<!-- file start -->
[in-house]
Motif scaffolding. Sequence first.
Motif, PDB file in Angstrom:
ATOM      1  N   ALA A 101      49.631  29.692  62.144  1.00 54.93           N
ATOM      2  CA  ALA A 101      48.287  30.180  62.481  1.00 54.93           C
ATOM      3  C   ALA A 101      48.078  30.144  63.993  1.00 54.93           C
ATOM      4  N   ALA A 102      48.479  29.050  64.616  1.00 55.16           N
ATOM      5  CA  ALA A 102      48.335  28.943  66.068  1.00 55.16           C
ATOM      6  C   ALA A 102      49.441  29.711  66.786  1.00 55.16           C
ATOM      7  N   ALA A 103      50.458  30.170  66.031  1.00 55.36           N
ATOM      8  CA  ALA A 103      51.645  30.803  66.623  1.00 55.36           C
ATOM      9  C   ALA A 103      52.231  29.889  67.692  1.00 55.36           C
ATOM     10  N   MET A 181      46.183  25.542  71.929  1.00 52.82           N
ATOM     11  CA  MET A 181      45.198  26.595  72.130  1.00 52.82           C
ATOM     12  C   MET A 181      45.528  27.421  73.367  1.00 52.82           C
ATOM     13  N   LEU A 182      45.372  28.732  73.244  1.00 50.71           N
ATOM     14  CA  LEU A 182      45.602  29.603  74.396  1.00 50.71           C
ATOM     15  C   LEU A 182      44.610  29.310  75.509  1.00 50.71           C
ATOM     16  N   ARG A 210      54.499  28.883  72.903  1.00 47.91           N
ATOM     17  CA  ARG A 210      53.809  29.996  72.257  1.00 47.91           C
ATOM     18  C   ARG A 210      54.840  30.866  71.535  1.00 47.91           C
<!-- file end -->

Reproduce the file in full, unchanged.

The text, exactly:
[in-house]
Motif scaffolding. Sequence first.
Motif, PDB file in Angstrom:
ATOM      1  N   ALA A 101      49.631  29.692  62.144  1.00 54.93           N
ATOM      2  CA  ALA A 101      48.287  30.180  62.481  1.00 54.93           C
ATOM      3  C   ALA A 101      48.078  30.144  63.993  1.00 54.93           C
ATOM      4  N   ALA A 102      48.479  29.050  64.616  1.00 55.16           N
ATOM      5  CA  ALA A 102      48.335  28.943  66.068  1.00 55.16           C
ATOM      6  C   ALA A 102      49.441  29.711  66.786  1.00 55.16           C
ATOM      7  N   ALA A 103      50.458  30.170  66.031  1.00 55.36           N
ATOM      8  CA  ALA A 103      51.645  30.803  66.623  1.00 55.36           C
ATOM      9  C   ALA A 103      52.231  29.889  67.692  1.00 55.36           C
ATOM     10  N   MET A 181      46.183  25.542  71.929  1.00 52.82           N
ATOM     11  CA  MET A 181      45.198  26.595  72.130  1.00 52.82           C
ATOM     12  C   MET A 181      45.528  27.421  73.367  1.00 52.82           C
ATOM     13  N   LEU A 182      45.372  28.732  73.244  1.00 50.71           N
ATOM     14  CA  LEU A 182      45.602  29.603  74.396  1.00 50.71           C
ATOM     15  C   LEU A 182      44.610  29.310  75.509  1.00 50.71           C
ATOM     16  N   ARG A 210      54.499  28.883  72.903  1.00 47.91           N
ATOM     17  CA  ARG A 210      53.809  29.996  72.257  1.00 47.91           C
ATOM     18  C   ARG A 210      54.840  30.866  71.535  1.00 47.91           C